Chilli con Carne: a simple how and why – OurWarwick
OurWarwick

Chilli con Carne: a simple how and why

Cooking is liberating. The first meal you make away from home could be the start of a new journey into the culinary world, or it could be your descent into microwave meals after you mess it up. Do yourself a favour, eat well. An important aspect of university is health: mental, emotional, and physical. Good food can help with all of those. It is for this reason that I, today, wish to provide my own form of public service.

This is my mother’s Chili con Carne recipe that she cooked for us as we were growing up. An excellent mix of flavours, as healthy as you want it to be, and, above all, so easy even I could do it. As well as this I’ll do my best to explain why each step is included in the order that it is in a small explanation below the method. This is as much a simple recipe as it is a demonstration of key techniques that can be applied to so many dishes.

Ingredients:

·         50g Rice (Any kind works well, white is easier to cook than brown rice and much faster)

·         500 to 700g Beef mince (20% fat works best)

·         2 400g tins chopped tomatoes

·         2 tins of red kidney beans

·         4 cloves of garlic

·         2 onions

·         olive oil

·         (optional 25g butter because butter makes everything better)

·         30g smoked paprika

·         30g mild/hot/whatever chili powder

·         Salt and pepper for seasoning (put it in near the end so you can see what it tastes like after the flavours are developed)

Some vegetables to grate in (put in as much or as little as you want):

·         1 carrot

·         1 aubergine

·         1 stick of celery

The method:

1.       Chop (or dice if you don’t like large pieces of onion) onions and garlic and fry them on low heat in some olive oil until the garlic is lightly browned (put the garlic in a few minutes after the onion as it cooks way faster)

2.       Throw in the meat and turn the heat up high, make sure you keep stirring from now on so the onions and garlic don’t burn, it happens easily. The point of the high heat is to render out all the fat from the meat so it can be used as flavour. Make sure to break the meat up so you don’t get any large balls of meat in the final product

3.       After you hear some crackling and spitting then you know all the fat is rendered out and the meat will start turning a deeper brown, this is good, that stuff is flavour. Just don’t let it get too brown because, you know, burning does not taste nice.

4.       Add the 2 tins of tomatoes and grate in the rest of your vegetables and all of the spices along with enough water to bring the water level up to cover everything.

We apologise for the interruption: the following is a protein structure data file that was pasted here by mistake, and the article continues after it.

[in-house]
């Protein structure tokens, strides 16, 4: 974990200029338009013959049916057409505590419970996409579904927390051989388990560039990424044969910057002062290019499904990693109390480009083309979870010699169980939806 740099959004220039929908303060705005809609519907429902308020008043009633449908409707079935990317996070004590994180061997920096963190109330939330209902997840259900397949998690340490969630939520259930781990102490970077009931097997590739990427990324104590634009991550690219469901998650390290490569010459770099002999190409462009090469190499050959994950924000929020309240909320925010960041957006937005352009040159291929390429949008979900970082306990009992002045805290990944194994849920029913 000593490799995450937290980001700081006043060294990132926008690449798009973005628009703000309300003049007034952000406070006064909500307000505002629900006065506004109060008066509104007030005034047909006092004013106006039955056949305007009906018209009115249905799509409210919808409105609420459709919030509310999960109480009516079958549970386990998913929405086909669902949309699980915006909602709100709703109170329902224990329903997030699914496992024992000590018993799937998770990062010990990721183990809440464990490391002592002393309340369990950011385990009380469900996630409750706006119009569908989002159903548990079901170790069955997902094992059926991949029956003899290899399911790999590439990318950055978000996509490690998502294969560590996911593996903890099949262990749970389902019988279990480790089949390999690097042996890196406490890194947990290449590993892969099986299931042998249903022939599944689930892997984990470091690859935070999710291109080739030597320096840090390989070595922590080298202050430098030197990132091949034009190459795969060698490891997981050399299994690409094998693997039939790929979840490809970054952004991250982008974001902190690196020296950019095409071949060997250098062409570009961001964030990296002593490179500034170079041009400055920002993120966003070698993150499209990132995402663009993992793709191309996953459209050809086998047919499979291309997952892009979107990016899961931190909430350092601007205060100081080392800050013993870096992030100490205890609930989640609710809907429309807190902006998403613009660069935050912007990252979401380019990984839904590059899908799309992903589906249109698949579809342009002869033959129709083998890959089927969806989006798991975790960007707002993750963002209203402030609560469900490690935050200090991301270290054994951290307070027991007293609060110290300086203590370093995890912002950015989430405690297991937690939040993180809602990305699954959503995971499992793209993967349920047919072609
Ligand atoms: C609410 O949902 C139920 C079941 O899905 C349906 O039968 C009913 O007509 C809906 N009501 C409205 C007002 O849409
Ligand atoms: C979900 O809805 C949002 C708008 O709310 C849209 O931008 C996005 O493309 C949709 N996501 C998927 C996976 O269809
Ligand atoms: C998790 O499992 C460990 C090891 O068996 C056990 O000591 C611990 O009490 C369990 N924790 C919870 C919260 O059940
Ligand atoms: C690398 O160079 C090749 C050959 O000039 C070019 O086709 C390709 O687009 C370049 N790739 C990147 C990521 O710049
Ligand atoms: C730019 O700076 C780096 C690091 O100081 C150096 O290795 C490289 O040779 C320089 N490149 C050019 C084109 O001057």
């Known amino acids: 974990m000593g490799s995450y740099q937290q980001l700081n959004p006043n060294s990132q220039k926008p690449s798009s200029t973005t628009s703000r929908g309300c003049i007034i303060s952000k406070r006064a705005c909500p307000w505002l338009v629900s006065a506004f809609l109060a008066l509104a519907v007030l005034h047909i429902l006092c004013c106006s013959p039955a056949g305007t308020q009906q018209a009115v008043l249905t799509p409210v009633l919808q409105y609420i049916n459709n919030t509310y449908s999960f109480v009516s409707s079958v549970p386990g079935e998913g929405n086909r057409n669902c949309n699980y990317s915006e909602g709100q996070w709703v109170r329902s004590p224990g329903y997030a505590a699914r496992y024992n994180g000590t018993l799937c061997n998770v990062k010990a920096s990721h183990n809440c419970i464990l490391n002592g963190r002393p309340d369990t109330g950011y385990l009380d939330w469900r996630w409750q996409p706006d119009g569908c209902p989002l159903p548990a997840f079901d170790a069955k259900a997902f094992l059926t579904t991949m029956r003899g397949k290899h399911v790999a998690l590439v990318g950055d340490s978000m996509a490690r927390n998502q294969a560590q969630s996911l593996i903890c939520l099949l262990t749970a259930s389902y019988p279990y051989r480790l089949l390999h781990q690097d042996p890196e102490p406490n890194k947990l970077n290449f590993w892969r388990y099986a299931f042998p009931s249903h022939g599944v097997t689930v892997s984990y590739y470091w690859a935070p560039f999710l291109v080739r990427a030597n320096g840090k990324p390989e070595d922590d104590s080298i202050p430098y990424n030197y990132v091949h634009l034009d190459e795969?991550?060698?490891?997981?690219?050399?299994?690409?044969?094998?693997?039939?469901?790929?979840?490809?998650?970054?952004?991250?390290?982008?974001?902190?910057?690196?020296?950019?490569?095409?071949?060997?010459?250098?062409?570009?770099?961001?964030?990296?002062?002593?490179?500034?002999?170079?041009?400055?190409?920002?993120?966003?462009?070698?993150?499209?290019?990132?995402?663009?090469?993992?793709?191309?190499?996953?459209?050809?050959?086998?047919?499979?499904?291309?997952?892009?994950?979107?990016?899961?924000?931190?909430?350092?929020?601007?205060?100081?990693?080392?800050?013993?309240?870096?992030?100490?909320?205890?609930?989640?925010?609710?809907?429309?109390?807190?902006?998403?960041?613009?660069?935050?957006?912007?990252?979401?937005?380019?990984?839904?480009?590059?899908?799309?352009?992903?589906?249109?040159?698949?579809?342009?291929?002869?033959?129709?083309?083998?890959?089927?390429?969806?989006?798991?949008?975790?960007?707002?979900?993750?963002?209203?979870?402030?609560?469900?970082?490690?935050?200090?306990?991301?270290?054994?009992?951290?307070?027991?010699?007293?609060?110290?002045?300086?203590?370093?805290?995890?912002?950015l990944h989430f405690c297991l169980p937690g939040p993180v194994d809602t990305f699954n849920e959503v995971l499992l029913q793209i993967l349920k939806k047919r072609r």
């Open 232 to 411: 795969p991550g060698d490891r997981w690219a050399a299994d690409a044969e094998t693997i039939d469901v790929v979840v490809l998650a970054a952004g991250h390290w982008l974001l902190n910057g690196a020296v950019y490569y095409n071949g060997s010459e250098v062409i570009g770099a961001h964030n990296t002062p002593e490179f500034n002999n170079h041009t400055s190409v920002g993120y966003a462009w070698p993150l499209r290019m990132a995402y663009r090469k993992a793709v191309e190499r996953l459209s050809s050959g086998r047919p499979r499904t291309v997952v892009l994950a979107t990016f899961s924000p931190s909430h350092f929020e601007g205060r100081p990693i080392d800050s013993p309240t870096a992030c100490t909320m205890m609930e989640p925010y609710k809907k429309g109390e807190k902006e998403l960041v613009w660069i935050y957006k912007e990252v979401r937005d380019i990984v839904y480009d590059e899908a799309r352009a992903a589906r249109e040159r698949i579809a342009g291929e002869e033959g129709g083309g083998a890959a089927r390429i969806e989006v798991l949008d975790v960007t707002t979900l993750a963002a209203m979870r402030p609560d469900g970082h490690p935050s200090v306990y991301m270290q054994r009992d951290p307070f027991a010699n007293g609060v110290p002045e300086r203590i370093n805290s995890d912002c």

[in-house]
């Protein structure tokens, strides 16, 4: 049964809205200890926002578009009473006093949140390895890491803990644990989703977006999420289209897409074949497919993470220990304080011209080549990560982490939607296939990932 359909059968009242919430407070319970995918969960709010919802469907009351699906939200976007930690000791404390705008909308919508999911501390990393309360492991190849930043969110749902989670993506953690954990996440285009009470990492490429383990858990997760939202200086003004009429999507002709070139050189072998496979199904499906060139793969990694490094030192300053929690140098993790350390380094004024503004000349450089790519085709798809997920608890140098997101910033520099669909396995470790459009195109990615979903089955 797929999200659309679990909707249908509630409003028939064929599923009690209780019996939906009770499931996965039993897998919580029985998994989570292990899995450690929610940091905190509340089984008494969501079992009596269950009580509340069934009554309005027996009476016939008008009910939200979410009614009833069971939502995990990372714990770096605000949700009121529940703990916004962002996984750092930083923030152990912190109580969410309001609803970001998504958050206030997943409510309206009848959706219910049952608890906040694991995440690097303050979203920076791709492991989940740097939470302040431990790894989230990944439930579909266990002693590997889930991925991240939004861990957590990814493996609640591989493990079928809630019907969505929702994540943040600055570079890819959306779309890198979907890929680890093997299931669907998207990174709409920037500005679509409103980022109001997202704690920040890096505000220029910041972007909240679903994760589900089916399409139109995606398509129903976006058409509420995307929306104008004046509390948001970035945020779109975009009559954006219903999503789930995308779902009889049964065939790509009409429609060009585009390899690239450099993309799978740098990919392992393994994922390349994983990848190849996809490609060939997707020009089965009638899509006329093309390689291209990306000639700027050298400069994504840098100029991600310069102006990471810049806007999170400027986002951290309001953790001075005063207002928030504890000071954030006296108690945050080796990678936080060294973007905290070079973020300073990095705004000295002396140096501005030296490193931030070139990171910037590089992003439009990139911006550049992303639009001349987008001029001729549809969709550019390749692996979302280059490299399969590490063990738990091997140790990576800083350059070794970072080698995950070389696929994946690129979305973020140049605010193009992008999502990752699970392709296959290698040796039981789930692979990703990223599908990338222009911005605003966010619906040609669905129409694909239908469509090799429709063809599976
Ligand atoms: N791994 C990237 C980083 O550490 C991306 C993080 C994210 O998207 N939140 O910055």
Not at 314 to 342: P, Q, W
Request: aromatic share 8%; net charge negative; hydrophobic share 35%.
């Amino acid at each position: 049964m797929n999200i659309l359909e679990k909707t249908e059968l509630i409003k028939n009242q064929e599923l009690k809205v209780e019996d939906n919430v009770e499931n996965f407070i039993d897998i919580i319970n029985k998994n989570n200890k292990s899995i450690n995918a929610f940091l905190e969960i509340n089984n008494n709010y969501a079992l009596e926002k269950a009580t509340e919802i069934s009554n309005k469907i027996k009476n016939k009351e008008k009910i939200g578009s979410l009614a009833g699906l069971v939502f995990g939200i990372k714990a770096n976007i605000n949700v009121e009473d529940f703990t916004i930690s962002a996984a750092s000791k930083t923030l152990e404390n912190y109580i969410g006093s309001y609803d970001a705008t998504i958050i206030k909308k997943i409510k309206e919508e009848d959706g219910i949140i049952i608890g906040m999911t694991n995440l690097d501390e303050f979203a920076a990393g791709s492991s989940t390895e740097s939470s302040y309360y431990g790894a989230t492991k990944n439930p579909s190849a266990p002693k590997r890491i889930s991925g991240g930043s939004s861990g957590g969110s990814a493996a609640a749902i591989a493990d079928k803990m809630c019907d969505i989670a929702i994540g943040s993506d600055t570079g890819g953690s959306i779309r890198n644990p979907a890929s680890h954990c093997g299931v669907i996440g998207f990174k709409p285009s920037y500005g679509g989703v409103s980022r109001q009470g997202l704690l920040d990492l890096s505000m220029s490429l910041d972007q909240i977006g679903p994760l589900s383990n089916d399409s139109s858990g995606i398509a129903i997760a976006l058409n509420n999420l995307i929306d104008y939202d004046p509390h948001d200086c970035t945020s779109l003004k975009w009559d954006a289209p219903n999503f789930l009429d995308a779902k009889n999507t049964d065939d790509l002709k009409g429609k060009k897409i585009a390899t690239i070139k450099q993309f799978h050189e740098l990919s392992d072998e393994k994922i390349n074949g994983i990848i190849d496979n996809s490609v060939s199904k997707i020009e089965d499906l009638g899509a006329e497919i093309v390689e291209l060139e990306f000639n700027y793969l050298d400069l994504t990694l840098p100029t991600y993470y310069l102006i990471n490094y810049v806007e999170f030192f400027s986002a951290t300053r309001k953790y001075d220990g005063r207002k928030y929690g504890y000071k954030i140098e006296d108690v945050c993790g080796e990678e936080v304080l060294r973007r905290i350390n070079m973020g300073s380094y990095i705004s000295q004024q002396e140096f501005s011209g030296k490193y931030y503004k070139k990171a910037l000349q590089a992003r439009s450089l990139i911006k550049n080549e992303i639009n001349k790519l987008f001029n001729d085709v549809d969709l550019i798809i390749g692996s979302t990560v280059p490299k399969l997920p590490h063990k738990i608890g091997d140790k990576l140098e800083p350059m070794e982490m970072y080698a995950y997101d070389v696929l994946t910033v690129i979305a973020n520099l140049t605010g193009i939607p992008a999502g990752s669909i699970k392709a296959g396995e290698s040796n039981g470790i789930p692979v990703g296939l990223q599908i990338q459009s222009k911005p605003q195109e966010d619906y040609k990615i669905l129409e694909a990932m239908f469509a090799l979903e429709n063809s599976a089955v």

5.       Cook everything over medium heat with a lid on for as long as you want (literally like minimum 30 minutes on high heat just to thicken the sauce to 4 hours low heat to bring you to heaven). Be careful about burning the bottom of your pan, make sure to scrape the bottom with a wooden or plastic (please don’t use metal!) utensil.

6.       Cook the rice (2 parts water to 1 part rice, lightly salted water, high heat until it boils then low heat for 10 minutes, keeping covered with a lid the entire time)

7.       Eat your delicious food, save the rest.

Why do we do each step?

In a more technical recipe I do my vegetables in a separate pot to the meat and only mix them when both are cooked to how I like them. However, for this simple recipe I just cook the onions and garlic enough to get rid of their acidity and “raw” flavour that I don’t really enjoy and then chuck the meat in. This works well enough as the meat generally mixes everything up and stops the onions from burning when you turn the heat up in order to fry the meat, however, if you do vegetables separately until they are all soft and browned to your liking you can crank the heat to max and really get some beautiful browning on the meat. Deep brown colour is perfect, sugars are caramelising when this happens and it adds and changes the flavour of whatever is being browned.

The crackling sound is coming from all the water having been extracted from the meat and vegetables and now the meat is frying itself in its own fat. It’s important to reach this stage without burning the meat anywhere so continue to stir and break up the meat.

After the meat is brown enough I add the water and just let it simmer away. This is also a key step as it lets all the flavours mix, the longer the better. You can make the rice whenever you think the food is ready or will be ready in 10 minutes.

This is a meal that actually gets better over time (probably for about 4 days before I’d feel a bit iffy eating it if it hadn’t been properly stored in a sealed container) the 3 day you eat it (we’re students, come on don’t judge), it tastes way better than the first day. Just make some new rice and you’re good to go.

 

This meal is really healthy too, really balanced nutrients (and if you think it’s not then just add more vegetables), and it’s the perfect meal for a large group of people to share.

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